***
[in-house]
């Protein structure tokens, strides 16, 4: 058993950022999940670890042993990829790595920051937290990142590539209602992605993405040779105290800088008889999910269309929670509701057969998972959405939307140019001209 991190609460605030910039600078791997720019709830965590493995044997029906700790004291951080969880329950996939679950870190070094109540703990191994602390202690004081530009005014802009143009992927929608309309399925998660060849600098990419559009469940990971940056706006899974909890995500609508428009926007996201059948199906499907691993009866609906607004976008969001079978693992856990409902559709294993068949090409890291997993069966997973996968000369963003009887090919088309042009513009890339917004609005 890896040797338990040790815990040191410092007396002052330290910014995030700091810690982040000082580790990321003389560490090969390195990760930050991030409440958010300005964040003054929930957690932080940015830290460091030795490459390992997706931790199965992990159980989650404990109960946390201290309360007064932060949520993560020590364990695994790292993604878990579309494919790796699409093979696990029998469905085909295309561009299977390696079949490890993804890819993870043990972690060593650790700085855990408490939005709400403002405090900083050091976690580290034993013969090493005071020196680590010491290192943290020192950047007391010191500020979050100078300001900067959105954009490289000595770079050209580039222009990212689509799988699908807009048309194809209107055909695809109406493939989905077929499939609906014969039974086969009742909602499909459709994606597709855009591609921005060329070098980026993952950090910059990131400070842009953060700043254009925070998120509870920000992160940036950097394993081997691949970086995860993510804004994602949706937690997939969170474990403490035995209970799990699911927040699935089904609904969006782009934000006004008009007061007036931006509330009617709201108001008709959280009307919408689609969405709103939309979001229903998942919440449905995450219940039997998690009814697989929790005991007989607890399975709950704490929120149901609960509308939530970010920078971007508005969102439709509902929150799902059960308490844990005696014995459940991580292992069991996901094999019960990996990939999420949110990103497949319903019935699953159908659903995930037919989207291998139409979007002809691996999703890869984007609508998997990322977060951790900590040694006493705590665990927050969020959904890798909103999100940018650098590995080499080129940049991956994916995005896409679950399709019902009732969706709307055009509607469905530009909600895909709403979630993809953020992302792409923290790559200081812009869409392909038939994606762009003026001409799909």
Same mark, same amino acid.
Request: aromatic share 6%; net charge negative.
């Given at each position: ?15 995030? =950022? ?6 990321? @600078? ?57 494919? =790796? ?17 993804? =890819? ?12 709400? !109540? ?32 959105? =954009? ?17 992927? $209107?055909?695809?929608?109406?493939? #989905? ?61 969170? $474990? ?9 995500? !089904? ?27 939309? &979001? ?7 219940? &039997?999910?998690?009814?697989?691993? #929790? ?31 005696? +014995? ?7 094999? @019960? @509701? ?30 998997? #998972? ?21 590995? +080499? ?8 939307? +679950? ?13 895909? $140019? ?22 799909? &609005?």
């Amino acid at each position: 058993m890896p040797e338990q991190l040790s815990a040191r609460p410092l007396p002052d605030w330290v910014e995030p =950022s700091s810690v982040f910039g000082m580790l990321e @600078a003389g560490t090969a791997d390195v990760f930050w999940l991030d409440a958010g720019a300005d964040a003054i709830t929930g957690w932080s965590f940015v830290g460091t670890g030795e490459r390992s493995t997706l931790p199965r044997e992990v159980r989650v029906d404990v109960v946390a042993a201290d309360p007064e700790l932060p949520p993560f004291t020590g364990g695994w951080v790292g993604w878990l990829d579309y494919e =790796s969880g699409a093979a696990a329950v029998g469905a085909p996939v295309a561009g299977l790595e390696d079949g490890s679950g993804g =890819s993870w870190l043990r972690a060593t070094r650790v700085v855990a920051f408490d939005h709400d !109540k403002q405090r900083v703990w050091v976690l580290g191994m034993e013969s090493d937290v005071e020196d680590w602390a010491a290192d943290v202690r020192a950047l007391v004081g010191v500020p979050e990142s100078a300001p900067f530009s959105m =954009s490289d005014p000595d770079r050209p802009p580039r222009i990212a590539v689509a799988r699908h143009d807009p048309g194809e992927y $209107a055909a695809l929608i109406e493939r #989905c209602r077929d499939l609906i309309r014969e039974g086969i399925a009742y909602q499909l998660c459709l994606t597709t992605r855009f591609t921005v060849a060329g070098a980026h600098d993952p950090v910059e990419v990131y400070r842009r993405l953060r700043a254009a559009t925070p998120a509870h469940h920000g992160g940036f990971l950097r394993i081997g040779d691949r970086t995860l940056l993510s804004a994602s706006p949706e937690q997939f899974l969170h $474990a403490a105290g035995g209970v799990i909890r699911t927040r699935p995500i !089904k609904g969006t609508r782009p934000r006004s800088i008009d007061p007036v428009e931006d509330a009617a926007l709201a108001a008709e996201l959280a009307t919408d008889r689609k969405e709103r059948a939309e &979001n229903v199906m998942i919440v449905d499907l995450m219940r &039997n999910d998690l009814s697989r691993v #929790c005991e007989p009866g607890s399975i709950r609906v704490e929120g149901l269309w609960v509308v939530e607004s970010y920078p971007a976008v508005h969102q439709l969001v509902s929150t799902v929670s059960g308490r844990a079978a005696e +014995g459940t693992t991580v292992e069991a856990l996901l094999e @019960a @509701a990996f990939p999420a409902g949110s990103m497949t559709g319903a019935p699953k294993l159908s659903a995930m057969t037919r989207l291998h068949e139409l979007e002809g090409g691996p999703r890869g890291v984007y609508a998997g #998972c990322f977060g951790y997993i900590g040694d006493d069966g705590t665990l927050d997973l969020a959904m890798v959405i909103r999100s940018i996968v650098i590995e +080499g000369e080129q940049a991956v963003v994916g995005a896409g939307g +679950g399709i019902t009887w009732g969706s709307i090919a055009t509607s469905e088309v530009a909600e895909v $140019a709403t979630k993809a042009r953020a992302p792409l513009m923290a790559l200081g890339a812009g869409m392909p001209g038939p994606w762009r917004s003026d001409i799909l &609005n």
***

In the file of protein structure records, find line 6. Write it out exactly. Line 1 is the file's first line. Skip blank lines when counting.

């Amino acid at each position: 058993m890896p040797e338990q991190l040790s815990a040191r609460p410092l007396p002052d605030w330290v910014e995030p =950022s700091s810690v982040f910039g000082m580790l990321e @600078a003389g560490t090969a791997d390195v990760f930050w999940l991030d409440a958010g720019a300005d964040a003054i709830t929930g957690w932080s965590f940015v830290g460091t670890g030795e490459r390992s493995t997706l931790p199965r044997e992990v159980r989650v029906d404990v109960v946390a042993a201290d309360p007064e700790l932060p949520p993560f004291t020590g364990g695994w951080v790292g993604w878990l990829d579309y494919e =790796s969880g699409a093979a696990a329950v029998g469905a085909p996939v295309a561009g299977l790595e390696d079949g490890s679950g993804g =890819s993870w870190l043990r972690a060593t070094r650790v700085v855990a920051f408490d939005h709400d !109540k403002q405090r900083v703990w050091v976690l580290g191994m034993e013969s090493d937290v005071e020196d680590w602390a010491a290192d943290v202690r020192a950047l007391v004081g010191v500020p979050e990142s100078a300001p900067f530009s959105m =954009s490289d005014p000595d770079r050209p802009p580039r222009i990212a590539v689509a799988r699908h143009d807009p048309g194809e992927y $209107a055909a695809l929608i109406e493939r #989905c209602r077929d499939l609906i309309r014969e039974g086969i399925a009742y909602q499909l998660c459709l994606t597709t992605r855009f591609t921005v060849a060329g070098a980026h600098d993952p950090v910059e990419v990131y400070r842009r993405l953060r700043a254009a559009t925070p998120a509870h469940h920000g992160g940036f990971l950097r394993i081997g040779d691949r970086t995860l940056l993510s804004a994602s706006p949706e937690q997939f899974l969170h $474990a403490a105290g035995g209970v799990i909890r699911t927040r699935p995500i !089904k609904g969006t609508r782009p934000r006004s800088i008009d007061p007036v428009e931006d509330a009617a926007l709201a108001a008709e996201l959280a009307t919408d008889r689609k969405e709103r059948a939309e &979001n229903v199906m998942i919440v449905d499907l995450m219940r &039997n999910d998690l009814s697989r691993v #929790c005991e007989p009866g607890s399975i709950r609906v704490e929120g149901l269309w609960v509308v939530e607004s970010y920078p971007a976008v508005h969102q439709l969001v509902s929150t799902v929670s059960g308490r844990a079978a005696e +014995g459940t693992t991580v292992e069991a856990l996901l094999e @019960a @509701a990996f990939p999420a409902g949110s990103m497949t559709g319903a019935p699953k294993l159908s659903a995930m057969t037919r989207l291998h068949e139409l979007e002809g090409g691996p999703r890869g890291v984007y609508a998997g #998972c990322f977060g951790y997993i900590g040694d006493d069966g705590t665990l927050d997973l969020a959904m890798v959405i909103r999100s940018i996968v650098i590995e +080499g000369e080129q940049a991956v963003v994916g995005a896409g939307g +679950g399709i019902t009887w009732g969706s709307i090919a055009t509607s469905e088309v530009a909600e895909v $140019a709403t979630k993809a042009r953020a992302p792409l513009m923290a790559l200081g890339a812009g869409m392909p001209g038939p994606w762009r917004s003026d001409i799909l &609005n």